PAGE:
How To Qualify For A Mortgage And Home Loans


Financing a new home is often the most confusing part of the home buying process. To make it easier, Brunswick Crossing developed a basic checklist that details how to qualify for a mortgage and explains different types of home loans, and closing costs:

  • Prequalify for a mortgage. Prequalifying for a mortgage on your new home depends on the following four major factors:
    • Your income. Your gross household income takes into account your salary, hourly wages, overtime, bonuses, commission, rental income, capital gains, and alimony and child support. 
    • Your current monthly obligations. Your monthly obligations take into account long-term debt, including student, credit card, or car loan payments, as well as alimony and child support.
    • Your assets. Your assets take a financial snapshot that includes your bank account balances, retirement funds, assets to liquidate, 401K funds, and gift funds.
    • Your credit score. Your credit score is a numerical rating of your ability to repay a loan. Your credit score depends on a number of factors, including payment history (on-time payments, late payments, and past due payments), number of credit accounts, and borrowed credit versus credit limit.

      For information on how to improving your score, check out 6 Tips For Building Credit Scores.
  • Pick your home loan type. Common options for house loans include the following:
    • Conventional loans. A conventional loan is any type of mortgage that’s not secured by a government-sponsored entity, such as the Federal Housing Administration (FHA) or Department of Veterans Affairs (VA).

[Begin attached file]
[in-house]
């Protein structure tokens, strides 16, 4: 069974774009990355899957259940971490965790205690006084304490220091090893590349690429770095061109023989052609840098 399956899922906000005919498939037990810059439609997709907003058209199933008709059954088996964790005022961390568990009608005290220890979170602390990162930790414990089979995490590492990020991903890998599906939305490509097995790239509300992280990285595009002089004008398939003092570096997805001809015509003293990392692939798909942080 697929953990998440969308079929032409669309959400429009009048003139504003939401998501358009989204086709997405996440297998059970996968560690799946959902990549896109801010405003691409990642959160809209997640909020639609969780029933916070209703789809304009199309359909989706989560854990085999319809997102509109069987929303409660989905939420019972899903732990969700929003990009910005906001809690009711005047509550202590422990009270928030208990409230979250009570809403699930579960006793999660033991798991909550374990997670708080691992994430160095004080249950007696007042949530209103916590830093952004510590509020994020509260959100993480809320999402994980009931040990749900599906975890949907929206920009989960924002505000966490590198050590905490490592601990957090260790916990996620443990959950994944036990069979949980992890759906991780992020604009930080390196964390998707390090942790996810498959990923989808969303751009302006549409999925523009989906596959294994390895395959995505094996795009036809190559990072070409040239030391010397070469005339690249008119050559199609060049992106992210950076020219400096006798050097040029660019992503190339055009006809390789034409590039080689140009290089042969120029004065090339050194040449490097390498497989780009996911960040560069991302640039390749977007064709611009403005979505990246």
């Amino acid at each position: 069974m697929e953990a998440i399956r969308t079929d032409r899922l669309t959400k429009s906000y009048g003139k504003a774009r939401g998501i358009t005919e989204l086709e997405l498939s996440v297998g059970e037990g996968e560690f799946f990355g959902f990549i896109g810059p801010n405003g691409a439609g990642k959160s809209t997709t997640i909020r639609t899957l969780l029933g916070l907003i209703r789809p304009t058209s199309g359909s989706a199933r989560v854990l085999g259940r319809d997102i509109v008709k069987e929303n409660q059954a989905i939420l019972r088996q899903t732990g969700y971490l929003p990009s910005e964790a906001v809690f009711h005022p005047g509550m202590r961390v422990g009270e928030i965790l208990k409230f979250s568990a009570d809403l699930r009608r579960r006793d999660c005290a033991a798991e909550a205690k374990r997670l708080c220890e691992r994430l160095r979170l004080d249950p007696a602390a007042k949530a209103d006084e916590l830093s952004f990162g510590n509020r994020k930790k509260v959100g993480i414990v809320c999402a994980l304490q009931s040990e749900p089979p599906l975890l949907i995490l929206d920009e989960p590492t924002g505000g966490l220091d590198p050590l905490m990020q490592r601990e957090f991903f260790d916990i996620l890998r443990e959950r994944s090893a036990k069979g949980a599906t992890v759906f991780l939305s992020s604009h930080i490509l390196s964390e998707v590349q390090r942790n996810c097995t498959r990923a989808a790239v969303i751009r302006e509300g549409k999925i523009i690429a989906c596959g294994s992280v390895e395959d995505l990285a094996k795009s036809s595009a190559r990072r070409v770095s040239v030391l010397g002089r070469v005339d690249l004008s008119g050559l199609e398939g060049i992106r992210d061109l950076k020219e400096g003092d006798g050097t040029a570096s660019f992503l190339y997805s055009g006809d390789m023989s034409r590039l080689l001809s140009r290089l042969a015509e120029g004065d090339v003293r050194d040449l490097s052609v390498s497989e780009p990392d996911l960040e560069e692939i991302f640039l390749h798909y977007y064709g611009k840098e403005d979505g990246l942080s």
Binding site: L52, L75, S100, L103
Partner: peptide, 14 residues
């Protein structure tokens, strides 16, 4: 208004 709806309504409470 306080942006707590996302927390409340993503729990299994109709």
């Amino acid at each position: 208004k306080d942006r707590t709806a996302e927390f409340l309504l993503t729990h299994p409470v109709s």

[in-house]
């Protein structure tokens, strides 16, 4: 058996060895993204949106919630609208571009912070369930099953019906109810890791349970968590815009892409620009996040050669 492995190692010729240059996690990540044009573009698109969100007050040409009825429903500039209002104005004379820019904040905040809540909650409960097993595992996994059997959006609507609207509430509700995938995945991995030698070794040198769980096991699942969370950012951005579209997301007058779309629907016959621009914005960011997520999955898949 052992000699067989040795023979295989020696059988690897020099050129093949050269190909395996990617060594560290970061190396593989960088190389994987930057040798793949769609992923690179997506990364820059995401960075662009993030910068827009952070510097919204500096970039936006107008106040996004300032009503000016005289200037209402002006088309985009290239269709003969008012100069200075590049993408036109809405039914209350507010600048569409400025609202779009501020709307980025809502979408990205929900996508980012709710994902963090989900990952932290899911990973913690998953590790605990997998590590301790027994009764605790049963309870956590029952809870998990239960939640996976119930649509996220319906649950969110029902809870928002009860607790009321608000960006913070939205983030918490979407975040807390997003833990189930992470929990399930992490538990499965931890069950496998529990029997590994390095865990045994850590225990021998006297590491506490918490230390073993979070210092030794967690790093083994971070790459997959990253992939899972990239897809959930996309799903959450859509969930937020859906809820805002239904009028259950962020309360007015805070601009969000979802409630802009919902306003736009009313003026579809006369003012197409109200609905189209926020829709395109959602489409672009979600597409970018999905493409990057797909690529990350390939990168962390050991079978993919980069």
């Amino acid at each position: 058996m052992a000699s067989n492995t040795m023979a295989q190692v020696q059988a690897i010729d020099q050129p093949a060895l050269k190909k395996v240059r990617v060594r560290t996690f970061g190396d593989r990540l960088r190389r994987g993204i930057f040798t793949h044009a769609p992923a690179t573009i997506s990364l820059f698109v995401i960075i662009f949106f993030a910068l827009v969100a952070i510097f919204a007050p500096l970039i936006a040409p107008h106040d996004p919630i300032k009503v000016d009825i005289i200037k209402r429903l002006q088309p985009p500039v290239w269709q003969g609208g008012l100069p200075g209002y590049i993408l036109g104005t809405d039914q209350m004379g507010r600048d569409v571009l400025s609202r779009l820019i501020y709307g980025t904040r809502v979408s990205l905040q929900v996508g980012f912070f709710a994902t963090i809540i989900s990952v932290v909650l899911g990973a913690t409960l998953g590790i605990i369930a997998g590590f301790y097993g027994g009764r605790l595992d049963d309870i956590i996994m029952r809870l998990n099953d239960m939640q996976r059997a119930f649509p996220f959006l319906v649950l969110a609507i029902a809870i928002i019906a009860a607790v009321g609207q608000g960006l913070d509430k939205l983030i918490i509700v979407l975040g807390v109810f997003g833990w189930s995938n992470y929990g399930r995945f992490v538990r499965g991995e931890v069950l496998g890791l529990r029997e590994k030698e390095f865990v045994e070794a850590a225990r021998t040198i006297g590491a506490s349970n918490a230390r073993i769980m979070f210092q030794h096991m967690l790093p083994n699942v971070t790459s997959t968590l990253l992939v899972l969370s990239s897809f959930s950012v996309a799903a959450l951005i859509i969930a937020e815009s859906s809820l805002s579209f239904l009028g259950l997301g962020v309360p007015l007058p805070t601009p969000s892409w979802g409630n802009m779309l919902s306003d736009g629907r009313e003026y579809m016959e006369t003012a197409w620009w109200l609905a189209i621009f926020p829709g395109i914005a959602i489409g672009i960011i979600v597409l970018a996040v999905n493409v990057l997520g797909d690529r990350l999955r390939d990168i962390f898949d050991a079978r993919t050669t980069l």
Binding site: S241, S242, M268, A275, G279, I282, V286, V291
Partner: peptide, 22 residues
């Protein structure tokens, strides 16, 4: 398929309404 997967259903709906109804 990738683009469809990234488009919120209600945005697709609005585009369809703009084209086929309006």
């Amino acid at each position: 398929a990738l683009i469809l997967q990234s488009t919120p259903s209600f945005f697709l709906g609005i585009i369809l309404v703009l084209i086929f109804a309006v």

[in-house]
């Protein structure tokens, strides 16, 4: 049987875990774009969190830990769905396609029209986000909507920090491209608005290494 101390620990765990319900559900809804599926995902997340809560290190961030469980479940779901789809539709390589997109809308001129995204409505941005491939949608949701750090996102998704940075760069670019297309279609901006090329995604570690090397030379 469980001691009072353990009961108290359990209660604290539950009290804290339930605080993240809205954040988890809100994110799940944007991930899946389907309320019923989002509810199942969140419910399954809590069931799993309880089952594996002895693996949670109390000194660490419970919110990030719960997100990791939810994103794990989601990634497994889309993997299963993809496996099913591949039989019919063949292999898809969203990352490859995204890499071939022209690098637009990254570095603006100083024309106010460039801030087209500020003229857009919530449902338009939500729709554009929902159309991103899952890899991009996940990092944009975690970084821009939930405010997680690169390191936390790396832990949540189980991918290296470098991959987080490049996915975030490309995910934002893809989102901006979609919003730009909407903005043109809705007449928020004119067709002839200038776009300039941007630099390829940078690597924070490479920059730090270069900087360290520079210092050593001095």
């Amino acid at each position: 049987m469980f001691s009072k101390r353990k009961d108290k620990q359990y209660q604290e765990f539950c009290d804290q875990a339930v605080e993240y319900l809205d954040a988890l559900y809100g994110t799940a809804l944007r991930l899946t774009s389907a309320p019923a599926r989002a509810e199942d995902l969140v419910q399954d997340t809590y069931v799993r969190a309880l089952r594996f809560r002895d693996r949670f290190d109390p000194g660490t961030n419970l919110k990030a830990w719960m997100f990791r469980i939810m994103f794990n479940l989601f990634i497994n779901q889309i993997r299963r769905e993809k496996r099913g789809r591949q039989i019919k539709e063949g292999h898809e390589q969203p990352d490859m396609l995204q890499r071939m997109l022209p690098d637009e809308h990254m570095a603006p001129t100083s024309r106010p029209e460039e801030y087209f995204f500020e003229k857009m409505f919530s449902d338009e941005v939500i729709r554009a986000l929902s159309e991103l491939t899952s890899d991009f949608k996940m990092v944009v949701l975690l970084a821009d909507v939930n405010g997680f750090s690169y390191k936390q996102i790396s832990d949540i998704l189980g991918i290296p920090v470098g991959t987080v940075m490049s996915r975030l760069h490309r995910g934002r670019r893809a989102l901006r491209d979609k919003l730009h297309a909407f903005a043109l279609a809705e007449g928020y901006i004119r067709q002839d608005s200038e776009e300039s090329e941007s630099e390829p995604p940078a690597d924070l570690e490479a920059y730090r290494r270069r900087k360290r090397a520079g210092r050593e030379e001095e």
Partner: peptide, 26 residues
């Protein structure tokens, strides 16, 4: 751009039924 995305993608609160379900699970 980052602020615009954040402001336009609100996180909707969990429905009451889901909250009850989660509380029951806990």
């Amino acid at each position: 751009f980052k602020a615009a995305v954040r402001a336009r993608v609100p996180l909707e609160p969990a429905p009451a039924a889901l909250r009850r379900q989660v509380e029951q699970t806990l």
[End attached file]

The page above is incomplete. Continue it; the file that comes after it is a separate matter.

A down payment of a conventional loan is between 3 and 20 percent. When a down payment is less than 20 percent, home buyers usually have to pay for mortgage insurance (PMI). Home buyers must have a credit score of 620 or higher.
    • FHA loan. A down payment on an FHA loan is about 3.5 percent. All FHA loans have upfront and monthly PMI, and home buyers must have a credit score of 580 or higher.
    • VA loan. A VA loan is a mortgage loan that’s guaranteed by the U.S. Department of Veterans Affairs. It requires no down payment and a minimum credit score of 630. A funding fee is required unless the home buyer has disabled status through the VA.
    • U.S. Department of Agriculture (USDA) loan. A USDA loan is “issued through the USDA loan program, also known as the USDA Rural Development Guaranteed Housing Loan Program, by the United States Department of Agriculture,” according to NerdWallet.

      It requires no down payment and a minimum credit score of 620. This home loan requires an upfront PMI of 2.75 percent and a monthly PMI of 0.5 percent.

      This loan type is available for individuals or families without “decent, safe and sanitary housing” who are unable to secure a home loan from traditional sources and have an adjusted income at or below the low-income limit for the area where they live.

    • Maryland Mortgage Program. This program is designed to help future Maryland homeowners find a safe and secure home loan from Maryland’s Housing Finance Agency. It promises down payment and closing cost assistance, a 30-year fixed mortgage rate, homebuyer education, and Maryland HomeCredit.

      One of the most popular options is Maryland SmartBuy, “a special home purchase program that makes available selected state-owned properties for sale while removing eligible student debt.”
  • Prepare for closing costs. Some mortgage lending companies offer closing cost assistance or discount points/credits to offset the fees incurred. However, during the cash-to-close process, home buyers should anticipate paying for the following:
    • Property tax, homeowners insurance, and mortgage interest escrows
    • Capital contribution to a homeowners association
    • Loan origination, appraisal, transfer and recordation, process and underwriting, and title and title insurance fees
    • Upfront PMI